hey there, i think you got the vandelles names mixed up there...Jason is the guitarist who broke a string mid-set, lol
Show Review: Morning After Girls, The Vandelles
Tuesday night’s showcase at Kung Fu Necktie in Philly’s Fishtown brought back some older beats from groups with new albums this year. Despite temperatures that reached the mid-90s in the city during the day, the music added a refreshing end to the day.
For a group bent on bringing the wrath of their set to the audience, The Vandelles do just that with a distorted grunge reminiscent of the Ramones. Playing in front of a crew of photographers and plaid-shirted patrons amid the mood lighting of the small tunnel of Kung Fu Necktie, the fivesome slipped a wavily classic UK Stones-esque version through the crackling speakers.
While Jason Schwartz’ high-chord wailing and overall rock bravado drew in a great deal of the mood lighting, the high arms swings of drummer Suzanne Pagliorola stole the show. Even though the high hats or heavy bass didn’t really get beyond amazement, her movements caught eyes and the thickly strewn poundings garnered unusual attention.
Yes, Schwartz broke a strong mid set, which led to a seemingly spontaneous jump to a cover, but when a fuzzed-out vocal parade from Christo Buffam and Lisha Nadkarni get almost nixed by a drummer, something is up. In fact, despite my ears still buzzing, the drums and cover of darkness the band played under intrigued me even more to check out where the group is going and what they have done.
Note: Bring earplugs to the show if you go.
Morning After Girls
The Morning After Girls‘ latest album Alone cries for distance and space. While Kung Fu Necktie enables groups with an unassuming bass and dual guitarists to still perform, it wasn’t enough for this bunch of pin-point artists to really display what they could have.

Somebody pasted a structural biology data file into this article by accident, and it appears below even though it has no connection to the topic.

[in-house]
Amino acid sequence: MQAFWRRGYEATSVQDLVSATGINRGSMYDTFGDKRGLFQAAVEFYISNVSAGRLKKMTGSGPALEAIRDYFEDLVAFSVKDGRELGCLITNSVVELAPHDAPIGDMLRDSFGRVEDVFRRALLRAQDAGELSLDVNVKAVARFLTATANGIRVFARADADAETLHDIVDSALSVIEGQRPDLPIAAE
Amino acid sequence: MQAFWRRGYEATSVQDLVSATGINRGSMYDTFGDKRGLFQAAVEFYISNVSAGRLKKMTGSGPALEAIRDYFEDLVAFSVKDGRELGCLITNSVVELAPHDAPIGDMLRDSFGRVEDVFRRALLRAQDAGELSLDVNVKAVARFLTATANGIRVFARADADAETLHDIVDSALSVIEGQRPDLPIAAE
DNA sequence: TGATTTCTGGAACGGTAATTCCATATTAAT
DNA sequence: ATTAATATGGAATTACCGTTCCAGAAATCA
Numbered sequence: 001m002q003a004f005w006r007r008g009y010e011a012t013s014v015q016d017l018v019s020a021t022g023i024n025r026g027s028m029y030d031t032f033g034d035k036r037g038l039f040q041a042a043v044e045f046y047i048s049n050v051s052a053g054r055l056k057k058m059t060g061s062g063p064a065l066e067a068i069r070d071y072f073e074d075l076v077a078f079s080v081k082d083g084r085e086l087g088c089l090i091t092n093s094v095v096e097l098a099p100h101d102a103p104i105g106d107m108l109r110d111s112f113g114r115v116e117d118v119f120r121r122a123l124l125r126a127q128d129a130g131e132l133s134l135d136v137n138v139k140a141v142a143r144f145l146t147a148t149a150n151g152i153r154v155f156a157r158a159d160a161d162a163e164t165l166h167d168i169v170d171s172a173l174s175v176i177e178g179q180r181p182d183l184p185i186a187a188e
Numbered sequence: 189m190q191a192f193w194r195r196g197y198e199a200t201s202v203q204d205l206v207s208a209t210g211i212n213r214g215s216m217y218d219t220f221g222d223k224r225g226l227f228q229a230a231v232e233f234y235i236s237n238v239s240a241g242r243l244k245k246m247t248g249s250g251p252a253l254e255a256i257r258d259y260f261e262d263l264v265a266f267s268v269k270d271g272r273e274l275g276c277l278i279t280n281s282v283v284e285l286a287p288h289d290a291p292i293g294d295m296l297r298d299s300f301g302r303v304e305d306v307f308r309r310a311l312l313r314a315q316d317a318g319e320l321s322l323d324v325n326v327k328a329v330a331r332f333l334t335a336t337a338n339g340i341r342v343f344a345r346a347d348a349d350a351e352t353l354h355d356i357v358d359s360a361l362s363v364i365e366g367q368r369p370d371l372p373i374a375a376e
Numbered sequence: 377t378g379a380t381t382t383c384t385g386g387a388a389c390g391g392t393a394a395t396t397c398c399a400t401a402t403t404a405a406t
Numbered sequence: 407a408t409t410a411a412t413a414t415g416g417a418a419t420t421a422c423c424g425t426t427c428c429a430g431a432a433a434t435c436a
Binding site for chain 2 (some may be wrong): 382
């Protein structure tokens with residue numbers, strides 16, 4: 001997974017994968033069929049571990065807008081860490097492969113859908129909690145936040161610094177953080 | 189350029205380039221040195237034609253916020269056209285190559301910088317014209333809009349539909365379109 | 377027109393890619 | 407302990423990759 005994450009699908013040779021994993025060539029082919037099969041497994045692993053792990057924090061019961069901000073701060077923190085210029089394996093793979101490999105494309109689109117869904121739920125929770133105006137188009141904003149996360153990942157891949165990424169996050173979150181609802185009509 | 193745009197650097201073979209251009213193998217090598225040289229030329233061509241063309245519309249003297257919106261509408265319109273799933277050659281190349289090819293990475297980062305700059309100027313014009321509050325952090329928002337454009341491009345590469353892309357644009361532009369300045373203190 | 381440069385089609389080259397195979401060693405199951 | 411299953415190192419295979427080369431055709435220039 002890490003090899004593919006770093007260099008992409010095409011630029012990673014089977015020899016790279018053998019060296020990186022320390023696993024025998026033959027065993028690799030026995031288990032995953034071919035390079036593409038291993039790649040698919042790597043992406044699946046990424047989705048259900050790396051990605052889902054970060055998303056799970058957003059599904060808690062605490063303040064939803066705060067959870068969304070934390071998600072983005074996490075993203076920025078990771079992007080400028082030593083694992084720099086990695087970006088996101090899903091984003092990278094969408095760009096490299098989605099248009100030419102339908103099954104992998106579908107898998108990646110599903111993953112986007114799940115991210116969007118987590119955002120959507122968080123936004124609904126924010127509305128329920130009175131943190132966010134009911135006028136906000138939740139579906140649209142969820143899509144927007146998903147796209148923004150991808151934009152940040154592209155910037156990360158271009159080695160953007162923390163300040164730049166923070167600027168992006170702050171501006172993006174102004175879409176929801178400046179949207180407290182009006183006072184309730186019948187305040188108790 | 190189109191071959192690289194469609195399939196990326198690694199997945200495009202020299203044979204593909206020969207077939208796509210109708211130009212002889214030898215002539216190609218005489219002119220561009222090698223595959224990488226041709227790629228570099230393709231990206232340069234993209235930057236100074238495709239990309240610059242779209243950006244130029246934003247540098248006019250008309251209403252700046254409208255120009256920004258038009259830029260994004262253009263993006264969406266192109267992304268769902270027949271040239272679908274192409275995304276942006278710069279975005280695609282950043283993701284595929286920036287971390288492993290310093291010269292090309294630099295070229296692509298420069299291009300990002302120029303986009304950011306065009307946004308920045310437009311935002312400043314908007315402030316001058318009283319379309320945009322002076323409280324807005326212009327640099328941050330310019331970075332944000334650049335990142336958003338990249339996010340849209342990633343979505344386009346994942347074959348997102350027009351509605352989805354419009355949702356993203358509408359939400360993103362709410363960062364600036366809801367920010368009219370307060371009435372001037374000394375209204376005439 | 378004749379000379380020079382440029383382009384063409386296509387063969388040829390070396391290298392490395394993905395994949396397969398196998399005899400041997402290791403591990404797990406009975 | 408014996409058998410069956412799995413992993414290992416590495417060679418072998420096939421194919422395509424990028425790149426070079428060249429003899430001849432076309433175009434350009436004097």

Seeing a group with multiple vocalists and guitars led me to believe their record wouldn’t come across cleanly in this venue, yet the true talent of the men on stage came forth when harmony emitted from the previously blaring amps. When Morning After Girls needed to stay light on the electric, they did, and the fingle bassist Anthony Johnson exploited his talent when rhythm required it. Alone came across better than the album’s 7.5 rating might dictate. The whole act was built to be lively, yet the menagerie of sounds – chest clapping tambourines, serenely touched keyboards, tapping drum hats and fading guitar strings – could not be denied.
The whole set was stunning from start to finish, although a larger group should pick up these guys since a stadium-type setting would benefit them. Some transitional work needed tweaking, but for a group I only learned about a few months ago, the album only begins to justify how amazing they are growing from show to show.